The Brazilian city of São Paulo will see facial recognition technology applied to the surveillance systems of its subway network.
The company operating the majority of the city's subway network, Companhia do Metropolitano de São Paulo (METRO), has launched a tender for a new set-up to replace its current legacy system and a non-integrated estate of 2200 cameras, of which only some are digital.
Under the new contract, the old equipment will be phased out and replaced by 5200 digital cameras to be controlled centrally - cameras are currently operated by individual stations. Station areas will be covered as well as other areas such as tracks and maintenance centers.
Bids for the 69.5 million reais ($18.4 million) contract can be received until August 20.
With more cameras producing high definition images, the company expects to quickly detect and prevent situations such as accidents involving passengers accessing dangerous areas as well as depredation of assets.
In addition, it is expected that an integration between the new system and the police database will enable the identification of wanted criminals as well as missing persons. About 6.5 billion people used the São Paulo subway system in 2018.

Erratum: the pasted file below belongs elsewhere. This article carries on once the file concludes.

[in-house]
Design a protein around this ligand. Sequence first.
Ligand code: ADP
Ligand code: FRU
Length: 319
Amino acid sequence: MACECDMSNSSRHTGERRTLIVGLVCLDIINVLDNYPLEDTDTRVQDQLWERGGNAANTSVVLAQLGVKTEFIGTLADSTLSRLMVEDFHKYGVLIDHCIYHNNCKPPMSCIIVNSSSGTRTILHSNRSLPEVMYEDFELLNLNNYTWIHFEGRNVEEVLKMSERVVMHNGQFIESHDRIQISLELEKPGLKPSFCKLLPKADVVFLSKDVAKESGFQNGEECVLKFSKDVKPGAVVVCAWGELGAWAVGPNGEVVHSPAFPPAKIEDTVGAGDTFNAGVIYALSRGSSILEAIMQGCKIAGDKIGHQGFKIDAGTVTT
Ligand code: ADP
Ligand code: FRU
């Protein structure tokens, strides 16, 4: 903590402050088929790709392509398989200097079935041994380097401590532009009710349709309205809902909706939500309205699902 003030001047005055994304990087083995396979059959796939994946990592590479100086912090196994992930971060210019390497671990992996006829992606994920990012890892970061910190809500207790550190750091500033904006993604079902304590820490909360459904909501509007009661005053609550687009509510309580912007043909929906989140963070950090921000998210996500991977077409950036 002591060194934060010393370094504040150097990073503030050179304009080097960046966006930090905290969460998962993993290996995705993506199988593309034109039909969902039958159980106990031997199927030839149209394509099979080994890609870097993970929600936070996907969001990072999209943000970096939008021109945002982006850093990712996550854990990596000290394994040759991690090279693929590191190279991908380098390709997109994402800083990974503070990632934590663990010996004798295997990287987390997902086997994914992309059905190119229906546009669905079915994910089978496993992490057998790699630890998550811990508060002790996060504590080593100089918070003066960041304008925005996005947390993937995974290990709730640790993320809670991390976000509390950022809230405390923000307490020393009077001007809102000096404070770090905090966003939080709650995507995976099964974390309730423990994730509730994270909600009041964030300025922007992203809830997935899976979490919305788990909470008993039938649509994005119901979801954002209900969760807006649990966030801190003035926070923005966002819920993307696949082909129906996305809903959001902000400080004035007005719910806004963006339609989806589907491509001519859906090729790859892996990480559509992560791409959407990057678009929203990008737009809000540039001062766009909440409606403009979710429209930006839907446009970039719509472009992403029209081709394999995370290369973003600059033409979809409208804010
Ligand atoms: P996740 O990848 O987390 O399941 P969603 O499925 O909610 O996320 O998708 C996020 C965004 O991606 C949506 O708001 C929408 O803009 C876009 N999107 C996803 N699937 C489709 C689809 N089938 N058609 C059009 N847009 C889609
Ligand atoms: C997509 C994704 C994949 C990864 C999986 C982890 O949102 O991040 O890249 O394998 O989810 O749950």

Images would be stored for up to 30 days in the system to be rolled out by the subway operator. Biometric information is considered sensitive personal data under the Brazilian data protection law, to be enforced from August 2020.
Earlier this month, the Brazilian Senate passed a proposal to add protection of data in digital platforms to the list of fundamental rights and individual citizen guarantees set out in the country's constitution.
Use of facial recognition in public transport in São Paulo is not a novelty. Last year, private subway operator ViaQuatro has deployed the technology on doors under a trial intended for advertising and customer information purposes.
Doors along station platforms were fitted with screens, as well as lenses and sensors collecting data such as the number of people standing in front of the doors, their gender, and facial expressions.
The operator later canceled the trial following a civil lawsuit initiated by Brazilian Institute of Consumer Protection (IDEC), who argued that the initiative was illegal, as public transport users did not authorize the collection of data - and had no choice in the matter, given the sensors were placed on train doors.
In addition, police forces across the country have been using the technology to find criminals known to them, in events such as the Carnival in Rio de Janeiro and Salvador.